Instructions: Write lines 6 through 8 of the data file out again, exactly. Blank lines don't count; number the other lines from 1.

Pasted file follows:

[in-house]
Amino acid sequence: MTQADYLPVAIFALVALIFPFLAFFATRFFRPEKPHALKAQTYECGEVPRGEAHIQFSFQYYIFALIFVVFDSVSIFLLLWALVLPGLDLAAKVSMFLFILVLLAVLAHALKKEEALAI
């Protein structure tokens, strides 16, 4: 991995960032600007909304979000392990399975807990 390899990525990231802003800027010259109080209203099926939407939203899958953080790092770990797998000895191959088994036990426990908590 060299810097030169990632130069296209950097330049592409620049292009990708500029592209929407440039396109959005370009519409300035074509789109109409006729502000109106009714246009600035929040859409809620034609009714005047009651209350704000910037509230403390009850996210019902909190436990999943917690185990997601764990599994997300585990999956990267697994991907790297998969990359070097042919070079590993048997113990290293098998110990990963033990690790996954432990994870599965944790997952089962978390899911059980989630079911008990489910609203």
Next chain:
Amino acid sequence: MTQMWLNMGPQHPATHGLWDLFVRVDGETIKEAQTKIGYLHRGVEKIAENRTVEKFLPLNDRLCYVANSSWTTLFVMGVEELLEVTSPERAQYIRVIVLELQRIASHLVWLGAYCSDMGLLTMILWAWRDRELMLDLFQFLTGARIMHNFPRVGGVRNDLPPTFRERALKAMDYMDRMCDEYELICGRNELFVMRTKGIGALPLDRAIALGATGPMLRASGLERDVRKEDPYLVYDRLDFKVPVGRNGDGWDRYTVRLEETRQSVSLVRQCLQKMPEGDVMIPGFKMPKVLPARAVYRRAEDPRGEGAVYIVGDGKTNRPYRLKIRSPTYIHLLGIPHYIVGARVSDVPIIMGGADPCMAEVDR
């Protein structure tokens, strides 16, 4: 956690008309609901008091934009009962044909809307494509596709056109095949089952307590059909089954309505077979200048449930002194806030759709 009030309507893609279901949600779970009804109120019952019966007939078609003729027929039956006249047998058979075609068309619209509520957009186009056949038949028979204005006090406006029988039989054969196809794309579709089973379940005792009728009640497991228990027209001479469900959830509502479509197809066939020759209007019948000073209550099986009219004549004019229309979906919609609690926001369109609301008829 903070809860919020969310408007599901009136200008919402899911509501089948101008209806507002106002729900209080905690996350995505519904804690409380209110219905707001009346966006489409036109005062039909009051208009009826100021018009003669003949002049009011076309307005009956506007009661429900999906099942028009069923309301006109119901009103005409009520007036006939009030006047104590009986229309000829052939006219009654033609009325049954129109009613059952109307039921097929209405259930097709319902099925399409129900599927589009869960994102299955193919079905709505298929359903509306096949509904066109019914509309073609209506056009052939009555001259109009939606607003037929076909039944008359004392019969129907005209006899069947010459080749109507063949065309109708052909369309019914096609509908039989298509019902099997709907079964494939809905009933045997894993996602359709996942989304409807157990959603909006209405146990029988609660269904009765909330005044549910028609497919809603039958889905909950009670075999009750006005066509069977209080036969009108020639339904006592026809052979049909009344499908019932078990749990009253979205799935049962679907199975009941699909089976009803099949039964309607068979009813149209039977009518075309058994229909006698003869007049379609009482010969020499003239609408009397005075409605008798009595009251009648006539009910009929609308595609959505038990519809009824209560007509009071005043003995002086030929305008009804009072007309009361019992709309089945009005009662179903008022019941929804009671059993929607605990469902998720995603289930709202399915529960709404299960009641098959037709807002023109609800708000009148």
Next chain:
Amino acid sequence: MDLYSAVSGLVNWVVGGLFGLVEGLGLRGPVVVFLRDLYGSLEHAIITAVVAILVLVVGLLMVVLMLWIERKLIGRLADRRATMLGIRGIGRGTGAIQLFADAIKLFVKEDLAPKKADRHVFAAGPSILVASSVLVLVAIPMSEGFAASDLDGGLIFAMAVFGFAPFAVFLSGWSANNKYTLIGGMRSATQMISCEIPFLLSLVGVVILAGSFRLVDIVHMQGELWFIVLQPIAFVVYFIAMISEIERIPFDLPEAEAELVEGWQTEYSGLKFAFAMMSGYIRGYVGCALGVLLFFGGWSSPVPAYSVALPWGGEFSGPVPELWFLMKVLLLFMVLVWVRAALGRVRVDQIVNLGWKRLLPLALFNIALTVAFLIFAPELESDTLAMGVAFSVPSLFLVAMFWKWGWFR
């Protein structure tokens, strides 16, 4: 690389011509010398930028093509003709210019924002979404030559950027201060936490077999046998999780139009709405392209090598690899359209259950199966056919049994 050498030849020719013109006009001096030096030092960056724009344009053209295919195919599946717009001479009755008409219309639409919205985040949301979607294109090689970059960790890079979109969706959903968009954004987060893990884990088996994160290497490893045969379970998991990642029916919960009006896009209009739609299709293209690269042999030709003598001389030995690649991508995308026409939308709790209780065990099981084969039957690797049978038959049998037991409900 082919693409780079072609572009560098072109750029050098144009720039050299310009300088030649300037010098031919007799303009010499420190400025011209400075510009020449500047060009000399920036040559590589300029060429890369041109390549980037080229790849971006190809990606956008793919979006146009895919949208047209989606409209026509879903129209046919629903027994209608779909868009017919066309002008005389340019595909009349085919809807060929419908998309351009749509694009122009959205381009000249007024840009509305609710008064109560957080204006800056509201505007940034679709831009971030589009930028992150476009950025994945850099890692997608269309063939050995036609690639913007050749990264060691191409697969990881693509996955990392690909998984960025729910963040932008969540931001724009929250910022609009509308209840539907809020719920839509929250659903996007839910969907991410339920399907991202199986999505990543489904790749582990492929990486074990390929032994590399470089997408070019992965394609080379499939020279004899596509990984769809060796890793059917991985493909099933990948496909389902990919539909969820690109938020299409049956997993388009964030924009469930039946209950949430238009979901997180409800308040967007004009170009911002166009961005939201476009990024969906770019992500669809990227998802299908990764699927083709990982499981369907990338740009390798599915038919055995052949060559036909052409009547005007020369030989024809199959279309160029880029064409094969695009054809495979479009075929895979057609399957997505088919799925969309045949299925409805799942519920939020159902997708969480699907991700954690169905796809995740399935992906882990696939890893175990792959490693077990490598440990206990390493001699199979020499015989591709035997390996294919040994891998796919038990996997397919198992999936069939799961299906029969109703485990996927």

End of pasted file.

């Protein structure tokens, strides 16, 4: 956690008309609901008091934009009962044909809307494509596709056109095949089952307590059909089954309505077979200048449930002194806030759709 009030309507893609279901949600779970009804109120019952019966007939078609003729027929039956006249047998058979075609068309619209509520957009186009056949038949028979204005006090406006029988039989054969196809794309579709089973379940005792009728009640497991228990027209001479469900959830509502479509197809066939020759209007019948000073209550099986009219004549004019229309979906919609609690926001369109609301008829 903070809860919020969310408007599901009136200008919402899911509501089948101008209806507002106002729900209080905690996350995505519904804690409380209110219905707001009346966006489409036109005062039909009051208009009826100021018009003669003949002049009011076309307005009956506007009661429900999906099942028009069923309301006109119901009103005409009520007036006939009030006047104590009986229309000829052939006219009654033609009325049954129109009613059952109307039921097929209405259930097709319902099925399409129900599927589009869960994102299955193919079905709505298929359903509306096949509904066109019914509309073609209506056009052939009555001259109009939606607003037929076909039944008359004392019969129907005209006899069947010459080749109507063949065309109708052909369309019914096609509908039989298509019902099997709907079964494939809905009933045997894993996602359709996942989304409807157990959603909006209405146990029988609660269904009765909330005044549910028609497919809603039958889905909950009670075999009750006005066509069977209080036969009108020639339904006592026809052979049909009344499908019932078990749990009253979205799935049962679907199975009941699909089976009803099949039964309607068979009813149209039977009518075309058994229909006698003869007049379609009482010969020499003239609408009397005075409605008798009595009251009648006539009910009929609308595609959505038990519809009824209560007509009071005043003995002086030929305008009804009072007309009361019992709309089945009005009662179903008022019941929804009671059993929607605990469902998720995603289930709202399915529960709404299960009641098959037709807002023109609800708000009148």
Next chain:
Amino acid sequence: MDLYSAVSGLVNWVVGGLFGLVEGLGLRGPVVVFLRDLYGSLEHAIITAVVAILVLVVGLLMVVLMLWIERKLIGRLADRRATMLGIRGIGRGTGAIQLFADAIKLFVKEDLAPKKADRHVFAAGPSILVASSVLVLVAIPMSEGFAASDLDGGLIFAMAVFGFAPFAVFLSGWSANNKYTLIGGMRSATQMISCEIPFLLSLVGVVILAGSFRLVDIVHMQGELWFIVLQPIAFVVYFIAMISEIERIPFDLPEAEAELVEGWQTEYSGLKFAFAMMSGYIRGYVGCALGVLLFFGGWSSPVPAYSVALPWGGEFSGPVPELWFLMKVLLLFMVLVWVRAALGRVRVDQIVNLGWKRLLPLALFNIALTVAFLIFAPELESDTLAMGVAFSVPSLFLVAMFWKWGWFR